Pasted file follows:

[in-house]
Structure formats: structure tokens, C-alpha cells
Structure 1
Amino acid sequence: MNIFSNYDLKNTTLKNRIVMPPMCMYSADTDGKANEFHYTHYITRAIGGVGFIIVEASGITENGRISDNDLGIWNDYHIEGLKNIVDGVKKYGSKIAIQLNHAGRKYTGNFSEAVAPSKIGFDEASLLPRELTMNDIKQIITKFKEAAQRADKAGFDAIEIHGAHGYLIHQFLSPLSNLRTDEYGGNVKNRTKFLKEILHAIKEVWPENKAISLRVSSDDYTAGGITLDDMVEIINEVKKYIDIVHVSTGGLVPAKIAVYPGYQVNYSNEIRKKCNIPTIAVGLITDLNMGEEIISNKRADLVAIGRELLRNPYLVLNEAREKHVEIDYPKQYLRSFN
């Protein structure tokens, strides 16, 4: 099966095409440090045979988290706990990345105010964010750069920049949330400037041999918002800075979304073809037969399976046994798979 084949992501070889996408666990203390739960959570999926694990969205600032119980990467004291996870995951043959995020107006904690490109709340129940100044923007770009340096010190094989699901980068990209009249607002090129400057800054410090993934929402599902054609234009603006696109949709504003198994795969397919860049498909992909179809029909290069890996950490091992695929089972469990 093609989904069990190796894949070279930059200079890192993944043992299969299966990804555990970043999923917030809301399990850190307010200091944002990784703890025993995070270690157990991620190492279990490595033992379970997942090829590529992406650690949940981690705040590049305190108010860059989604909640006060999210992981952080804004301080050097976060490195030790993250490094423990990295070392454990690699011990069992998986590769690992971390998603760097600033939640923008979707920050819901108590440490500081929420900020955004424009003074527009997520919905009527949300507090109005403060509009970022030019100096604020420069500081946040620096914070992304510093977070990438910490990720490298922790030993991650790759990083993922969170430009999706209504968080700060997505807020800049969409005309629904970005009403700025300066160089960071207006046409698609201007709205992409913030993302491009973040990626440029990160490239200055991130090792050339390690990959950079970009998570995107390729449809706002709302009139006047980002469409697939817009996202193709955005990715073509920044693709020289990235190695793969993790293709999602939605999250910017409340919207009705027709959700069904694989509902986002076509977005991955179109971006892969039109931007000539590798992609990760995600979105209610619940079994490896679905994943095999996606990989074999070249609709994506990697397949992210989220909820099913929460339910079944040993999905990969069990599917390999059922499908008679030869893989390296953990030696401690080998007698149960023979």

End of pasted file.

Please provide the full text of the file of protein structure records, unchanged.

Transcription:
[in-house]
Structure formats: structure tokens, C-alpha cells
Structure 1
Amino acid sequence: MNIFSNYDLKNTTLKNRIVMPPMCMYSADTDGKANEFHYTHYITRAIGGVGFIIVEASGITENGRISDNDLGIWNDYHIEGLKNIVDGVKKYGSKIAIQLNHAGRKYTGNFSEAVAPSKIGFDEASLLPRELTMNDIKQIITKFKEAAQRADKAGFDAIEIHGAHGYLIHQFLSPLSNLRTDEYGGNVKNRTKFLKEILHAIKEVWPENKAISLRVSSDDYTAGGITLDDMVEIINEVKKYIDIVHVSTGGLVPAKIAVYPGYQVNYSNEIRKKCNIPTIAVGLITDLNMGEEIISNKRADLVAIGRELLRNPYLVLNEAREKHVEIDYPKQYLRSFN
């Protein structure tokens, strides 16, 4: 099966095409440090045979988290706990990345105010964010750069920049949330400037041999918002800075979304073809037969399976046994798979 084949992501070889996408666990203390739960959570999926694990969205600032119980990467004291996870995951043959995020107006904690490109709340129940100044923007770009340096010190094989699901980068990209009249607002090129400057800054410090993934929402599902054609234009603006696109949709504003198994795969397919860049498909992909179809029909290069890996950490091992695929089972469990 093609989904069990190796894949070279930059200079890192993944043992299969299966990804555990970043999923917030809301399990850190307010200091944002990784703890025993995070270690157990991620190492279990490595033992379970997942090829590529992406650690949940981690705040590049305190108010860059989604909640006060999210992981952080804004301080050097976060490195030790993250490094423990990295070392454990690699011990069992998986590769690992971390998603760097600033939640923008979707920050819901108590440490500081929420900020955004424009003074527009997520919905009527949300507090109005403060509009970022030019100096604020420069500081946040620096914070992304510093977070990438910490990720490298922790030993991650790759990083993922969170430009999706209504968080700060997505807020800049969409005309629904970005009403700025300066160089960071207006046409698609201007709205992409913030993302491009973040990626440029990160490239200055991130090792050339390690990959950079970009998570995107390729449809706002709302009139006047980002469409697939817009996202193709955005990715073509920044693709020289990235190695793969993790293709999602939605999250910017409340919207009705027709959700069904694989509902986002076509977005991955179109971006892969039109931007000539590798992609990760995600979105209610619940079994490896679905994943095999996606990989074999070249609709994506990697397949992210989220909820099913929460339910079944040993999905990969069990599917390999059922499908008679030869893989390296953990030696401690080998007698149960023979």